General Electric CEO and Chairman Jeff Immelt Monday said the conglomerate would be making acquisitions in in the troubled financial services industry and seemingly ruled out a spin-off of the company's media unit, NBC Universal.
"We're going to do deals right now in financial services that will fuel earnings for years," Immelt told CNBC's Carl Quintanilla in an exclusive interview from the Beijing Games, which NBC is broadcasting. "If you've got some cash, if you have a strong balance sheet, this is as good of a time you're going to see."
"We made more than anyone else in the fourth quarter last year," he said. "We made more than anyone else in the first quarter last year, BofA [Bank of America ] was the only company that made more than us in the second quarter."
Immelt said the sector had stabilized from the "churn" of March, but added, "we still have some more chop ahead."
Immelt also appeared to dash long-running investor hopes that the company might sell NBC Universal.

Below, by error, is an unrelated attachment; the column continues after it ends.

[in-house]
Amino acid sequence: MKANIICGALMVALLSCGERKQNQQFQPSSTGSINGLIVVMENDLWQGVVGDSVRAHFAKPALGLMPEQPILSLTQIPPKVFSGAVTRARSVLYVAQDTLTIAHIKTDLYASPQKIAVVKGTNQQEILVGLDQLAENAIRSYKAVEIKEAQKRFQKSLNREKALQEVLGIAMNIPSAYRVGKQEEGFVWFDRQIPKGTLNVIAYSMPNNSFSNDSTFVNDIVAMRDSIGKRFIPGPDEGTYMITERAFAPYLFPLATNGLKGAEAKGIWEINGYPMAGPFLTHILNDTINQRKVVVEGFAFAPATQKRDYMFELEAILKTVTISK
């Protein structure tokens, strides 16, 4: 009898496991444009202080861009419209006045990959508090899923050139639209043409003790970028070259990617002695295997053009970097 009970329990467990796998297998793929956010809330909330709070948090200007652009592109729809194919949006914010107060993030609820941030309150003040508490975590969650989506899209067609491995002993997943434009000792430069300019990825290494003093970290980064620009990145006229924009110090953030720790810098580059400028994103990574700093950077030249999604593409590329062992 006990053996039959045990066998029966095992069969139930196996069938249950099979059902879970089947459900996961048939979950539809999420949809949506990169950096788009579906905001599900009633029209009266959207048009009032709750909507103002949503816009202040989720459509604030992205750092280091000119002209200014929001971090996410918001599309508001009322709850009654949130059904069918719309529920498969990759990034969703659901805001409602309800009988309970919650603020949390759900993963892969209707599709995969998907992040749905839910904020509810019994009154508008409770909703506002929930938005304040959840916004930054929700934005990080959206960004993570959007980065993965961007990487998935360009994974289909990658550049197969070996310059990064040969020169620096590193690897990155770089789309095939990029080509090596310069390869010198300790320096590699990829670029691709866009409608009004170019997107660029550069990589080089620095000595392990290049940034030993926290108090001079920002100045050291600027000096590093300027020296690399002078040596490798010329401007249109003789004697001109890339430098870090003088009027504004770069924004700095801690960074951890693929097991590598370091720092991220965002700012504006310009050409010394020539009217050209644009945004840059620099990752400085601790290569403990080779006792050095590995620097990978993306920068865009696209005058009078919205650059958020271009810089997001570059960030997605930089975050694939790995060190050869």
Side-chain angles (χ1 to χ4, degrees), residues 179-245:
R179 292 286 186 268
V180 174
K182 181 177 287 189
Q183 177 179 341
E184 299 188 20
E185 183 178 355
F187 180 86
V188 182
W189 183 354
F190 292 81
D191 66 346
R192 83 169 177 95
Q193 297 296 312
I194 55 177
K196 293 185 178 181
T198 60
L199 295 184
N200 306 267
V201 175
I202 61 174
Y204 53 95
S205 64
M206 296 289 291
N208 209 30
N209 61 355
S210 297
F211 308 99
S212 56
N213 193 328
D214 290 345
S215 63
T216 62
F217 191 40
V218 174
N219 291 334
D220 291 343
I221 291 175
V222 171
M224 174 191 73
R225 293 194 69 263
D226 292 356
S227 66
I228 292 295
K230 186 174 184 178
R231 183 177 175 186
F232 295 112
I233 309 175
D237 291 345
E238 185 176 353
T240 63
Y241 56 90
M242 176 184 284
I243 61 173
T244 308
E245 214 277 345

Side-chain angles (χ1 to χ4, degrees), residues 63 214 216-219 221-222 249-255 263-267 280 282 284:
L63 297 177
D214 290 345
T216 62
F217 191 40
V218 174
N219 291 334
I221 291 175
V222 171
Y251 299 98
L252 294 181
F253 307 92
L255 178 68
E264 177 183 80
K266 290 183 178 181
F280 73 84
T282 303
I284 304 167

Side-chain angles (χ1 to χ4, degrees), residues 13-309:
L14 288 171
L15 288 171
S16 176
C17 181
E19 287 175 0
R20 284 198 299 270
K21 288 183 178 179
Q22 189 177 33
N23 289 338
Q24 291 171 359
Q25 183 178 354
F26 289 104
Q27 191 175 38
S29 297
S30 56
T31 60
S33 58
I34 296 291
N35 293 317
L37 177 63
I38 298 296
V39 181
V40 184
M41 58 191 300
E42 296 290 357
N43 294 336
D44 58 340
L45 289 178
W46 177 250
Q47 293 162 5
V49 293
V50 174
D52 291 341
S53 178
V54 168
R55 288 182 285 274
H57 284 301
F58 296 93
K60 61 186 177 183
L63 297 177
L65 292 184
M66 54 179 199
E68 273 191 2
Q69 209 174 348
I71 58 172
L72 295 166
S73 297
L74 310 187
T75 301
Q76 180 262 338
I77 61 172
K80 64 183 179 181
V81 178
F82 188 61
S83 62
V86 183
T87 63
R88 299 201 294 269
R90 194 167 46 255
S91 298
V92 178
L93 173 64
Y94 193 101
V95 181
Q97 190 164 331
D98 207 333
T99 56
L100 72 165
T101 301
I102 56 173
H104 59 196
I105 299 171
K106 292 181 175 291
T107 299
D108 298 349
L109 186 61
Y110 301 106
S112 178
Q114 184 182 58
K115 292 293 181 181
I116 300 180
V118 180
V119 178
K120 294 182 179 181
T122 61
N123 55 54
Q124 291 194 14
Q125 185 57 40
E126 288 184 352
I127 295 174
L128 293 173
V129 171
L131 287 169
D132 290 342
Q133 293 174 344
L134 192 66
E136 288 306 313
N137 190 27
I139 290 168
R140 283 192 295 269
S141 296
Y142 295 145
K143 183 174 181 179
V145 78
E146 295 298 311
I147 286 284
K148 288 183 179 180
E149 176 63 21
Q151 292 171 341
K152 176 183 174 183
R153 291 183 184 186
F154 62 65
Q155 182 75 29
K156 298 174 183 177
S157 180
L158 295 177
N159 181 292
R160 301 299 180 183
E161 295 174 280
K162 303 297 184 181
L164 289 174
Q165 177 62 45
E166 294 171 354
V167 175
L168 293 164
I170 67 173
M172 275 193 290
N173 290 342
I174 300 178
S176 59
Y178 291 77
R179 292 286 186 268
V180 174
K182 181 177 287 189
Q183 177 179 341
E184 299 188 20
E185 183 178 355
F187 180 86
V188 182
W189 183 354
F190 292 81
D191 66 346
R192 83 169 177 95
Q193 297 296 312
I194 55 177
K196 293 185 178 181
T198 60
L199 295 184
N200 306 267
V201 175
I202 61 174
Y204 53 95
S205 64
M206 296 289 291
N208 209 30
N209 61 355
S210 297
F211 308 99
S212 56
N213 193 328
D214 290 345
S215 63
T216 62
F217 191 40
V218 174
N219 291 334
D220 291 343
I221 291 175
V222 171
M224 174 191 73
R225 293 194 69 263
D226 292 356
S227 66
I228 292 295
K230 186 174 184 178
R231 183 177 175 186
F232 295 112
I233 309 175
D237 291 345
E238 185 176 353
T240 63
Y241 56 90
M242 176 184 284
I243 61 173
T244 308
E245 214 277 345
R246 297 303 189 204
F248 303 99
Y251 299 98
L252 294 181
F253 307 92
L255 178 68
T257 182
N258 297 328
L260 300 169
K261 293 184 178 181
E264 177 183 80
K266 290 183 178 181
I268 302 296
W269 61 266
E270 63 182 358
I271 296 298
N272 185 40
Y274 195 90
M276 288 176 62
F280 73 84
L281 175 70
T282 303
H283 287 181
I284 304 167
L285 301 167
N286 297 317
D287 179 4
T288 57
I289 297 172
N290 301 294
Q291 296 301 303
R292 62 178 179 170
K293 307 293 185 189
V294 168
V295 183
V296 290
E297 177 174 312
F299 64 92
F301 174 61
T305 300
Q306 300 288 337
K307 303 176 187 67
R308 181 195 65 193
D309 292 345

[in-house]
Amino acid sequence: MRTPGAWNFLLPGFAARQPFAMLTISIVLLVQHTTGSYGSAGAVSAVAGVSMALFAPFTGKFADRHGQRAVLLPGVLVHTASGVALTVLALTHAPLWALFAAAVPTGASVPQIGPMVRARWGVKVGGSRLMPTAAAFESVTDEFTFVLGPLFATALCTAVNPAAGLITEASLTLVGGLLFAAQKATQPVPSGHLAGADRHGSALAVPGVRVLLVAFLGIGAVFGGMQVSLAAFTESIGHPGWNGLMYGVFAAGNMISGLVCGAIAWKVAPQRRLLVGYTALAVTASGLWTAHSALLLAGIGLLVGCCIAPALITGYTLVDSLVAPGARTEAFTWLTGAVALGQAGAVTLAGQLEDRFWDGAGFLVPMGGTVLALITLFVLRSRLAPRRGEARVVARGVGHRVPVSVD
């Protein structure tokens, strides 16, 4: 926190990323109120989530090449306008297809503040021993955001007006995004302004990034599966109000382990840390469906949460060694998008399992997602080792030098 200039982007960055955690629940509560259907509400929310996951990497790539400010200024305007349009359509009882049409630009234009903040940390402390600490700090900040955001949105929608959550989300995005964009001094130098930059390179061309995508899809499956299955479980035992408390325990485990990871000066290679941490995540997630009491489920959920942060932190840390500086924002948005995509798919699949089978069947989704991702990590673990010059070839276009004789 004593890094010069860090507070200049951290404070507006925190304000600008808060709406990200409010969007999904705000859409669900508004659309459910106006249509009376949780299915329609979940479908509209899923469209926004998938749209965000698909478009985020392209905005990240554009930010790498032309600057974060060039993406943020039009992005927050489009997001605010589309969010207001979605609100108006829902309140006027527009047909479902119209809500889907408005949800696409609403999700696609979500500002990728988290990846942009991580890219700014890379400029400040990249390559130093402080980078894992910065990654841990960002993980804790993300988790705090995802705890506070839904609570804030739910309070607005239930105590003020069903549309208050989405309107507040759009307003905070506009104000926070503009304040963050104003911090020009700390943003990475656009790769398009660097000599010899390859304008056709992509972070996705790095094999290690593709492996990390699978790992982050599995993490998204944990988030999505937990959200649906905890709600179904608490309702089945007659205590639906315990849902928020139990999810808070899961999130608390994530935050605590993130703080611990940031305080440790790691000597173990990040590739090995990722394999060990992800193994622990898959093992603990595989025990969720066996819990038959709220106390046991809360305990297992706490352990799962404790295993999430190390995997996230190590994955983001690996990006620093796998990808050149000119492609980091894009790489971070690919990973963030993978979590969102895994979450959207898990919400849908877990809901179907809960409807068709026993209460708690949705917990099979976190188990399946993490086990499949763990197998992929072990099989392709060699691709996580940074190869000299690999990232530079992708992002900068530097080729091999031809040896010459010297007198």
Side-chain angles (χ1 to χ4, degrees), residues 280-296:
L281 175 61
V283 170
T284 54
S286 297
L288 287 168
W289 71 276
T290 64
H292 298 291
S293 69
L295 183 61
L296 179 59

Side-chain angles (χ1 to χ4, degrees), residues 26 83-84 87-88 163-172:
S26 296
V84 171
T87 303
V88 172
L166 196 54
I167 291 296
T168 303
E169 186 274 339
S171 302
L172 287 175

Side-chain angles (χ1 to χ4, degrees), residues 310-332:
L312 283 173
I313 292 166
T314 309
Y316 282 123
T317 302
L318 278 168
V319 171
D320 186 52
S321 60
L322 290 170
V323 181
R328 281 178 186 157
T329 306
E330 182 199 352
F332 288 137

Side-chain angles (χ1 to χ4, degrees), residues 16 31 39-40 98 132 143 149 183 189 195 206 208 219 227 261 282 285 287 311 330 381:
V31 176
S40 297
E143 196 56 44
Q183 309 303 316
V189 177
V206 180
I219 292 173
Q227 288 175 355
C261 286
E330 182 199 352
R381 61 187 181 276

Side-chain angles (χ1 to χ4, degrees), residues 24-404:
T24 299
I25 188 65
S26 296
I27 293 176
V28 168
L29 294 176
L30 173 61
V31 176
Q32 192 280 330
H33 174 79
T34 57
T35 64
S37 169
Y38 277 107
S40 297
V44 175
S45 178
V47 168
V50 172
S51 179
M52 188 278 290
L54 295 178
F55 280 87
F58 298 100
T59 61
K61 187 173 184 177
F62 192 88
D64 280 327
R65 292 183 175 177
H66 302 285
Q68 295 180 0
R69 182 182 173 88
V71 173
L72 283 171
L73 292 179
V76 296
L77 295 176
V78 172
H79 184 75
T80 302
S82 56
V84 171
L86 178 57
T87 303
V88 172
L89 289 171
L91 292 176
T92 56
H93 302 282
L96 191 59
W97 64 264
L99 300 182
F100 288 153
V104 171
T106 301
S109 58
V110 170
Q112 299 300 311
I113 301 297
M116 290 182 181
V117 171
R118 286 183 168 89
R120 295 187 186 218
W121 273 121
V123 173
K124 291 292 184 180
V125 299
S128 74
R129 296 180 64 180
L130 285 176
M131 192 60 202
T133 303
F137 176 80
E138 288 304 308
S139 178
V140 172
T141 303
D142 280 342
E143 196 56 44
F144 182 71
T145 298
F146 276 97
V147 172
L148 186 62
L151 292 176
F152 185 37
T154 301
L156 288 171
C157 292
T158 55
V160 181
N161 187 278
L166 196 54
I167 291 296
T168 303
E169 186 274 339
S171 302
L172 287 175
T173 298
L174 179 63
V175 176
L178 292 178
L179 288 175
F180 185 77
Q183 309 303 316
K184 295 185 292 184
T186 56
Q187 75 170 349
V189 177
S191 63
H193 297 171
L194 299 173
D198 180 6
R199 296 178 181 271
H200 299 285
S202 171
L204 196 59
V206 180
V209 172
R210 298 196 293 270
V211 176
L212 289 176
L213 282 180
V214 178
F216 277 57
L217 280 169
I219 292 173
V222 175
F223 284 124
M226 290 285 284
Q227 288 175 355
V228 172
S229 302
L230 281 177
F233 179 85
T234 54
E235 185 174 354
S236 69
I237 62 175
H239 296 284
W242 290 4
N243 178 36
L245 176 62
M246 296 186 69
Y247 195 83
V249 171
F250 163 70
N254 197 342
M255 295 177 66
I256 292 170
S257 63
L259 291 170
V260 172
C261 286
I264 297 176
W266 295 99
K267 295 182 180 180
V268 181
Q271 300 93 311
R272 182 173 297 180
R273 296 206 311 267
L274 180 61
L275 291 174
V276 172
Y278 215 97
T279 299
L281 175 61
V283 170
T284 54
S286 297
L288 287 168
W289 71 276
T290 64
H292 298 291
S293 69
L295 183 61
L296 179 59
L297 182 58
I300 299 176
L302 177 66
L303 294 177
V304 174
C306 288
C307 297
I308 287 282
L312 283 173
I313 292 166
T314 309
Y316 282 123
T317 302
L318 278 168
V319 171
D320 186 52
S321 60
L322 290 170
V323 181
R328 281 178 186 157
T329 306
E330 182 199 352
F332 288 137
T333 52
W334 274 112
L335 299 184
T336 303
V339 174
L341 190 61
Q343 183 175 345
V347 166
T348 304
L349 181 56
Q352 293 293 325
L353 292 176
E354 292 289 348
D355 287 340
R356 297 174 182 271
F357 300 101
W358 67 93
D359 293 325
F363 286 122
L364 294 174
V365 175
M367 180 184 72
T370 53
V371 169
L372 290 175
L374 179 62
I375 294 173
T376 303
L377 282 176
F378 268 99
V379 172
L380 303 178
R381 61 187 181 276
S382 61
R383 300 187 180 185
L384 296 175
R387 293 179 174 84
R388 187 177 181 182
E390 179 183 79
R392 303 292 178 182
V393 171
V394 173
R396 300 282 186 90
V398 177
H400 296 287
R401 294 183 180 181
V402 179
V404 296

NBC Universal's $900 million deal to broadcast the Beijing Games has been extremely successful, giving the NBC network its best ratings in years and attracting abundant advertising. "In a tough economy, we delivered," for investors and advertisers, Immelt said.
Immelt said NBC was still "critical" to the growth of NBC Universal, but highlighted the company's efforts to expand into cable TV and digital products and services and suggested such diversification would continue.
"I never intended selling it," he said.
Immelt's comments came in a wide-ranging interview, wherein he discussed the global and US economies, the financial services sector, the US consumer and the company's performance.
Immelt said he saw a "robust" global market with "booming" third-quarter orders. Global revenue, he added, was up 25 percent. He said the housing slump and dampened consumer spending continued to be drags on the US economy.
Given that combination, Immelt expects GE would to earn about $22 billion this year with EPS of $2.20-$2.30.
The company's stock price is up 14 percent from its low around the time it reported disappointing first-quarter earnings in April, stunning Wall Street for its failure to warn ahead of time. GE also lowered earnings guidance at the time.